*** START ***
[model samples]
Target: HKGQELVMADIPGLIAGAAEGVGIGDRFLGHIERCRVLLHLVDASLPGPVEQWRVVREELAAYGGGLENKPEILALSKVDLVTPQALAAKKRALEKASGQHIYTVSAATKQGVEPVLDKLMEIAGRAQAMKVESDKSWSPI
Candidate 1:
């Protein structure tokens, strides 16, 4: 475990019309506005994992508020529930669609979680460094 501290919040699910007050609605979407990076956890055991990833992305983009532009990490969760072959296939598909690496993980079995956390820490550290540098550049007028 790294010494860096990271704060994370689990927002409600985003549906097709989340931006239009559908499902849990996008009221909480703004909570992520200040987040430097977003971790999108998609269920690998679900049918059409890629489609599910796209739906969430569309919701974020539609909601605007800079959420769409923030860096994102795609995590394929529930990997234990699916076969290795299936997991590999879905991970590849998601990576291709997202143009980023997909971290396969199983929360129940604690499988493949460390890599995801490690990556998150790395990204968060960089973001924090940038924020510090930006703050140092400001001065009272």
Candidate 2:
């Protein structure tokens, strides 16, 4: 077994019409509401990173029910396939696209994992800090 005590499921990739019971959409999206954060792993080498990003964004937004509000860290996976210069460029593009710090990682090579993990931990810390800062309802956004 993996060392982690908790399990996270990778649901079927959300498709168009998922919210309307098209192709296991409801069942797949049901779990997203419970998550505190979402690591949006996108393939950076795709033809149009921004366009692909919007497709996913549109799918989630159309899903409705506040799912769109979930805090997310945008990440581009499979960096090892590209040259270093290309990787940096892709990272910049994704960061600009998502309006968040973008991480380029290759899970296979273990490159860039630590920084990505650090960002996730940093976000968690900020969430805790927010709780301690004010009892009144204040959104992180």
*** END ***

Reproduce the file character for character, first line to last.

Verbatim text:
[model samples]
Target: HKGQELVMADIPGLIAGAAEGVGIGDRFLGHIERCRVLLHLVDASLPGPVEQWRVVREELAAYGGGLENKPEILALSKVDLVTPQALAAKKRALEKASGQHIYTVSAATKQGVEPVLDKLMEIAGRAQAMKVESDKSWSPI
Candidate 1:
């Protein structure tokens, strides 16, 4: 475990019309506005994992508020529930669609979680460094 501290919040699910007050609605979407990076956890055991990833992305983009532009990490969760072959296939598909690496993980079995956390820490550290540098550049007028 790294010494860096990271704060994370689990927002409600985003549906097709989340931006239009559908499902849990996008009221909480703004909570992520200040987040430097977003971790999108998609269920690998679900049918059409890629489609599910796209739906969430569309919701974020539609909601605007800079959420769409923030860096994102795609995590394929529930990997234990699916076969290795299936997991590999879905991970590849998601990576291709997202143009980023997909971290396969199983929360129940604690499988493949460390890599995801490690990556998150790395990204968060960089973001924090940038924020510090930006703050140092400001001065009272």
Candidate 2:
């Protein structure tokens, strides 16, 4: 077994019409509401990173029910396939696209994992800090 005590499921990739019971959409999206954060792993080498990003964004937004509000860290996976210069460029593009710090990682090579993990931990810390800062309802956004 993996060392982690908790399990996270990778649901079927959300498709168009998922919210309307098209192709296991409801069942797949049901779990997203419970998550505190979402690591949006996108393939950076795709033809149009921004366009692909919007497709996913549109799918989630159309899903409705506040799912769109979930805090997310945008990440581009499979960096090892590209040259270093290309990787940096892709990272910049994704960061600009998502309006968040973008991480380029290759899970296979273990490159860039630590920084990505650090960002996730940093976000968690900020969430805790927010709780301690004010009892009144204040959104992180």